Where does Debbie Downer come from?
While a downer has been used to refer to a “depressing person” since at least the 1970s, the name Debbie Downer was popularized by a hit Saturday Night Live sketch starring Rachel Dratch, who played a character named Debbie Downer. This character consistently ruins a group’s fun with sad remarks. The original Debbie Downer sketch aired on May 1, 2004 with Dratch’s character interrupting a family vacation to Walt Disney World with negative contributions to each conversation topic. Featuring host Lindsay Lohan, the first Debbie Downer sketch is considered one of the greatest moments in the run of the comedy series, due to nearly every player’s inability to keep a straight face for the duration of the sketch. Installments of the Debbie Downer sketch regularly ran on Saturday Night Live from 2004–06.
Although many assume Debbie Downer was an expression prior to the sketch, Dratch confirms that the term actually took off once the sketch character became popular. According to Dratch, the idea for the Debbie Downer character came to her when she experienced a sudden drop in a conversation’s mood herself: "I was on vacation in Costa Rica, and when I told someone that I was from New York, they asked, 'Were you there for 9/11?' The conversation froze. When I got back, the name [Debbie Downer] popped into my head."
The original SNL sketch opens with a short theme song with the defining introductory lyrics:
You’re enjoying your day,
Everything’s going your way,
Then along comes Debbie Downer.
Always there to tell you about a new disease,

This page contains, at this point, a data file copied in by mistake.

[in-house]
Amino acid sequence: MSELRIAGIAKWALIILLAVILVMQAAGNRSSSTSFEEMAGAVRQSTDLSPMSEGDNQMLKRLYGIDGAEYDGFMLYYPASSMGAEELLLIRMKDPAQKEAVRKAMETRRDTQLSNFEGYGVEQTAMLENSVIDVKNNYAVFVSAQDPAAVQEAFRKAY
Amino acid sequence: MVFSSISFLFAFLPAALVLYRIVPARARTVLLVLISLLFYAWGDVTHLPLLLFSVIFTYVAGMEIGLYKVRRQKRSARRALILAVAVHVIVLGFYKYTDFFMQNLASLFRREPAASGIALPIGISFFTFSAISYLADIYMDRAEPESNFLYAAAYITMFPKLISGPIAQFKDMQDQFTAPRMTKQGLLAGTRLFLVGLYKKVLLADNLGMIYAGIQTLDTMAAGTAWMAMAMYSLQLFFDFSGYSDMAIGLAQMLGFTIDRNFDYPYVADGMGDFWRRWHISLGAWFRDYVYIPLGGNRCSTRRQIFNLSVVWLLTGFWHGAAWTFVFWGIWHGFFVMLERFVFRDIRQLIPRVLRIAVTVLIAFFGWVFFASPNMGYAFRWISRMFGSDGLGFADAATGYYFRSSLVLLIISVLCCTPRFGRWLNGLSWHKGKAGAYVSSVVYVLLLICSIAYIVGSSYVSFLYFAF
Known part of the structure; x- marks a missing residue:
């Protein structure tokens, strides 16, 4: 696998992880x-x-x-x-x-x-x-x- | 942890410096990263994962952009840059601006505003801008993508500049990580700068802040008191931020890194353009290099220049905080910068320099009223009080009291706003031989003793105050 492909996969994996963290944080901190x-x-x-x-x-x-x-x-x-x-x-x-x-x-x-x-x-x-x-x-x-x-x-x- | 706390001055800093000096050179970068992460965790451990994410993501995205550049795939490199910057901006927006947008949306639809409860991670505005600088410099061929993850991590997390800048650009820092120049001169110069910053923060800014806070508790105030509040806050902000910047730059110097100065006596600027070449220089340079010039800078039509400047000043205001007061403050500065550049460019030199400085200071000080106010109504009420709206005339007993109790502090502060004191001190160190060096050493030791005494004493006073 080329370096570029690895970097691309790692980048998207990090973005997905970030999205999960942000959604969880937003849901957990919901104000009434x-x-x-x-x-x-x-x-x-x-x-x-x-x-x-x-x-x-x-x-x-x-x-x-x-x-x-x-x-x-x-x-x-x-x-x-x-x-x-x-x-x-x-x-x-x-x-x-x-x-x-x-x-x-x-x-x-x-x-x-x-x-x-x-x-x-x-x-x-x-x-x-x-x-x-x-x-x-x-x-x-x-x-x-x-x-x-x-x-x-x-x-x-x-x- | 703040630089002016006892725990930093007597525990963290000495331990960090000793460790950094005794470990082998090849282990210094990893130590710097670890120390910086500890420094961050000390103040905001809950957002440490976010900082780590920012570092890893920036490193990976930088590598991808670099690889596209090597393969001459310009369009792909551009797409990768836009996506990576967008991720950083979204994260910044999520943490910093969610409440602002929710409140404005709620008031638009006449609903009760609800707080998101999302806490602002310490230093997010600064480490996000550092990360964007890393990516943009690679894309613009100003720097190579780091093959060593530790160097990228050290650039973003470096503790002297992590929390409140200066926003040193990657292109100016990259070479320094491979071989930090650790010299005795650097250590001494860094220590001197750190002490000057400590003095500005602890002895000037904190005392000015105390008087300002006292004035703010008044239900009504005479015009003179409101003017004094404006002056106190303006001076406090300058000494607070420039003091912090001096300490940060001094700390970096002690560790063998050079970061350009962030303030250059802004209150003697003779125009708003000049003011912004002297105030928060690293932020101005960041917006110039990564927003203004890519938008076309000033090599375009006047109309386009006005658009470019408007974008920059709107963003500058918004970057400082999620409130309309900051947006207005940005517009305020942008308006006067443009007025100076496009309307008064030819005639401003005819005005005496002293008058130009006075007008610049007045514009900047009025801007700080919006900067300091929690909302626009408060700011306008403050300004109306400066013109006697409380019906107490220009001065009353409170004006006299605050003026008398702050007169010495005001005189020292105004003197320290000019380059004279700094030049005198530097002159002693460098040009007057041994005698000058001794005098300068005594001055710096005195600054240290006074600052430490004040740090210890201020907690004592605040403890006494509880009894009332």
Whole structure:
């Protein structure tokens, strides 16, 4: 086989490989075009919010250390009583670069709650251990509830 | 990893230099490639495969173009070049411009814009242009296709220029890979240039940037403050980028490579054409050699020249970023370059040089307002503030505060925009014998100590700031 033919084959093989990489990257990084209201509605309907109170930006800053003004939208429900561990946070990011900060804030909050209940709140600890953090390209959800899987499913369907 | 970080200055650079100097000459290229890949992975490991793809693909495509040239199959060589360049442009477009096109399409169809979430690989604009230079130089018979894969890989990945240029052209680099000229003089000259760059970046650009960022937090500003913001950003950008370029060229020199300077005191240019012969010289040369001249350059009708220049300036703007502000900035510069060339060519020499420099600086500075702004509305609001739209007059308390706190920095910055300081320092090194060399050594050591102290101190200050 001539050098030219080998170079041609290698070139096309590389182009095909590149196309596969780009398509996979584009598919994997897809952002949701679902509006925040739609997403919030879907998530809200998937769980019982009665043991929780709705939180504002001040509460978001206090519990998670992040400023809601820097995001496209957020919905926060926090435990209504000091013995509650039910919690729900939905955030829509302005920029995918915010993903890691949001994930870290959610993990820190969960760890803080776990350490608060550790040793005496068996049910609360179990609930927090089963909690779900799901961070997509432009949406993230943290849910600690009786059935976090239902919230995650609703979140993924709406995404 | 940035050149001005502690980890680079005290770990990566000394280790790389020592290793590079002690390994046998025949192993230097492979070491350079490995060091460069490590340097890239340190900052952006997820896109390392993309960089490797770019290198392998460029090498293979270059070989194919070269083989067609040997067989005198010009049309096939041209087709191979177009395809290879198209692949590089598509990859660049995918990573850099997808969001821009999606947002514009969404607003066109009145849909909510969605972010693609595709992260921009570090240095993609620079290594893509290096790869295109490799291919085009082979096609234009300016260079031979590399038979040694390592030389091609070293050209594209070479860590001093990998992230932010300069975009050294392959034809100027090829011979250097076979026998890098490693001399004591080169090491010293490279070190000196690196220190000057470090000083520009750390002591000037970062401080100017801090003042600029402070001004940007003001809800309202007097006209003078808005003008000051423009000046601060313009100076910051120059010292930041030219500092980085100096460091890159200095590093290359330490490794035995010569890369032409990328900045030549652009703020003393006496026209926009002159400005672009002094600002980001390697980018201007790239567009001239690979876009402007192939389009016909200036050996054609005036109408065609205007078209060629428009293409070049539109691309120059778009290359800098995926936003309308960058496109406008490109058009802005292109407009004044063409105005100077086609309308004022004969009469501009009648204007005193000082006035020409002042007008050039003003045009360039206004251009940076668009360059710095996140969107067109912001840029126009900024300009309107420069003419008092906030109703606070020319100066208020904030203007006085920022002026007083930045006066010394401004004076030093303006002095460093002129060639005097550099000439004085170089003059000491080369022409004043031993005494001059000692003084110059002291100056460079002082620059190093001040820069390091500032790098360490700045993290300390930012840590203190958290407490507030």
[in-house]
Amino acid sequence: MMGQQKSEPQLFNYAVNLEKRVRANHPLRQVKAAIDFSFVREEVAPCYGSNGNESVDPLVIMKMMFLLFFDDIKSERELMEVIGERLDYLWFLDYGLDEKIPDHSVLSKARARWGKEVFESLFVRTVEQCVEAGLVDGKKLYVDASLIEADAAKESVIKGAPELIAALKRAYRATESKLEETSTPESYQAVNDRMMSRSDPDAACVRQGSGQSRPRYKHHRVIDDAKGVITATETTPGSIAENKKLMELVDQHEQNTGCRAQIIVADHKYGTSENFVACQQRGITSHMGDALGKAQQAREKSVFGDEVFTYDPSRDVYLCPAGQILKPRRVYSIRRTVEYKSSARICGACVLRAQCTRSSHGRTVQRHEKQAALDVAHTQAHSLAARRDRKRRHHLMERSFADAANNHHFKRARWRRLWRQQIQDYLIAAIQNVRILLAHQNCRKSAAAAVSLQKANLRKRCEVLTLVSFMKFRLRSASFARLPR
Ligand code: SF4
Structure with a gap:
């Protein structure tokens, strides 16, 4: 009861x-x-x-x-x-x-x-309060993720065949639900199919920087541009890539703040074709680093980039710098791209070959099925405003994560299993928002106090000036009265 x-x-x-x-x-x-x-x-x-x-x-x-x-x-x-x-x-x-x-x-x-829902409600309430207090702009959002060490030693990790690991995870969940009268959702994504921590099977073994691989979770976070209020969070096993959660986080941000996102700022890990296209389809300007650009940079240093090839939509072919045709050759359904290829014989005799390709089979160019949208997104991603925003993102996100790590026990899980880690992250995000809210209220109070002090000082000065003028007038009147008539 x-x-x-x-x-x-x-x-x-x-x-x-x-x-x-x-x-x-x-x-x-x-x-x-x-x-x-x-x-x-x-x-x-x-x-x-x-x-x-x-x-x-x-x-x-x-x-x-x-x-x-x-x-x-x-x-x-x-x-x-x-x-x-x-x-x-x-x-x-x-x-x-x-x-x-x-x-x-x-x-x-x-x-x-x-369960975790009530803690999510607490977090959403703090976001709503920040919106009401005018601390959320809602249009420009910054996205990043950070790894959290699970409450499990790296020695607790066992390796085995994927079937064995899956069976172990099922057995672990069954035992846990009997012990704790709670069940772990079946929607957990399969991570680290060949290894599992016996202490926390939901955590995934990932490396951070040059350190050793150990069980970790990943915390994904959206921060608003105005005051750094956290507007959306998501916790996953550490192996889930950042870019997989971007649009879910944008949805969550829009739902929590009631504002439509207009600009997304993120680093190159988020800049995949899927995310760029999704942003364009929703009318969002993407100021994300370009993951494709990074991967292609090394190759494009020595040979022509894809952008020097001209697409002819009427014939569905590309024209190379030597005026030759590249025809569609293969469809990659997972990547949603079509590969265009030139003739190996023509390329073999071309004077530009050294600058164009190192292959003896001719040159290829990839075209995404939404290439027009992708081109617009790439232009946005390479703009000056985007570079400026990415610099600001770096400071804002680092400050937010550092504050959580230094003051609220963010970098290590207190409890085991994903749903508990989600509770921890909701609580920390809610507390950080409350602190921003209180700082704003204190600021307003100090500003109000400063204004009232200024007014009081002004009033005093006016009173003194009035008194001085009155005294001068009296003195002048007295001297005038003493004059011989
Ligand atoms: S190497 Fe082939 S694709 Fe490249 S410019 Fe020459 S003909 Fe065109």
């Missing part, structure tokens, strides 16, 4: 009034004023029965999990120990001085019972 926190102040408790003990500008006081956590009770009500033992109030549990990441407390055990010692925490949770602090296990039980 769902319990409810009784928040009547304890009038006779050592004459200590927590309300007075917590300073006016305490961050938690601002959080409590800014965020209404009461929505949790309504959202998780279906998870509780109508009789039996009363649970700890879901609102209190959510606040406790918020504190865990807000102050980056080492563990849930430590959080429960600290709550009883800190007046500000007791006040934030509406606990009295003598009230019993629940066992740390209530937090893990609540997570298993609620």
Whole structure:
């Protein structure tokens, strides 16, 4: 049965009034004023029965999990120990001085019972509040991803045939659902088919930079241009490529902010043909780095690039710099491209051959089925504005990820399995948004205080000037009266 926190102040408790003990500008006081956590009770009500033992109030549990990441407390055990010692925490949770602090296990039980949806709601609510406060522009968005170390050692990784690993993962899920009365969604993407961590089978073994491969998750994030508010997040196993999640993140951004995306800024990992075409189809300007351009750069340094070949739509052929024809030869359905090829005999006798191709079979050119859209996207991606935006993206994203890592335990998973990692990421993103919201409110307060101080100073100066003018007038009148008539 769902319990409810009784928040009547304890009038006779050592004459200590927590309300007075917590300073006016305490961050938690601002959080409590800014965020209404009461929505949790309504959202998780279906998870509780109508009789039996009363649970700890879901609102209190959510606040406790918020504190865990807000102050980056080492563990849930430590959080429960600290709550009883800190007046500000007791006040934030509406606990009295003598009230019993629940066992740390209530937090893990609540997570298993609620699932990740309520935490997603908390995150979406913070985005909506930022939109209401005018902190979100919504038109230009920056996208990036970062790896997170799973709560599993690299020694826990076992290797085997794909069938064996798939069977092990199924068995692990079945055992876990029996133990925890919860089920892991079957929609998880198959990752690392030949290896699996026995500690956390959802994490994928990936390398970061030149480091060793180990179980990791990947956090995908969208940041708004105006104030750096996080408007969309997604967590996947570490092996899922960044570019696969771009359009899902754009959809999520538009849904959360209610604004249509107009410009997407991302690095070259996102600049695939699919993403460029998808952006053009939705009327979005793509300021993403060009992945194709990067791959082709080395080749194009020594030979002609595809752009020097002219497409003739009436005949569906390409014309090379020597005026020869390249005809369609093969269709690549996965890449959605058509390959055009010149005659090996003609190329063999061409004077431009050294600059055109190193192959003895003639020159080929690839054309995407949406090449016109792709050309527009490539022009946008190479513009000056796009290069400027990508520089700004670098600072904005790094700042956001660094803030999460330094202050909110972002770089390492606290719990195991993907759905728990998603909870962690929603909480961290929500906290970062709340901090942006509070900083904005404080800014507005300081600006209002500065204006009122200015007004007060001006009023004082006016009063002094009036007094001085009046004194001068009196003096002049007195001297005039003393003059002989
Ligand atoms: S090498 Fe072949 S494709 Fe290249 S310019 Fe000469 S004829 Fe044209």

A car accident or killer bees,
You’ll beg her to spare you, ‘Debbie, please!’
But you can’t stop Debbie Downer!”
In a later Debbie Downer sketch, writers created a companion for Debbie called Bob Bummer. Similar variations on the name include Negative Nancy and Negative Nellie, which harken back to Nervous Nellie, a constantly timid or worrisome person, a derisive nickname used to mock US politician Frank Kellogg in the 1920s.
Who uses Debbie Downer?
While the term began on Saturday Night Live, it’s become such a recognized character trope that it is commonly now used widely to refer to an extremely negative person.
“When you're excited about somethin but Debbie Downer comes in just to remark how hard and joyless their life is ”
@_kerrisays Twitter (April 10, 2017)
“We all have a friend named Debbie, Debbie Downer to be precise.”
Madeline Rocco, “How To Keep The Party Lit With A Debbie Downer In Your Squad,” Unwritten (December 9, 2015)
“It’s usually easy to identify that Negative Nancy or Debbie Downer who wreaks havoc on office morale or who drags down the festive spirit at a family function.”
Amy Morin, “5 Ways to Stop Giving Debbie Downers and Negative Nancys Too Much Power in Your Life,” Huffington Post (February 19, 2015)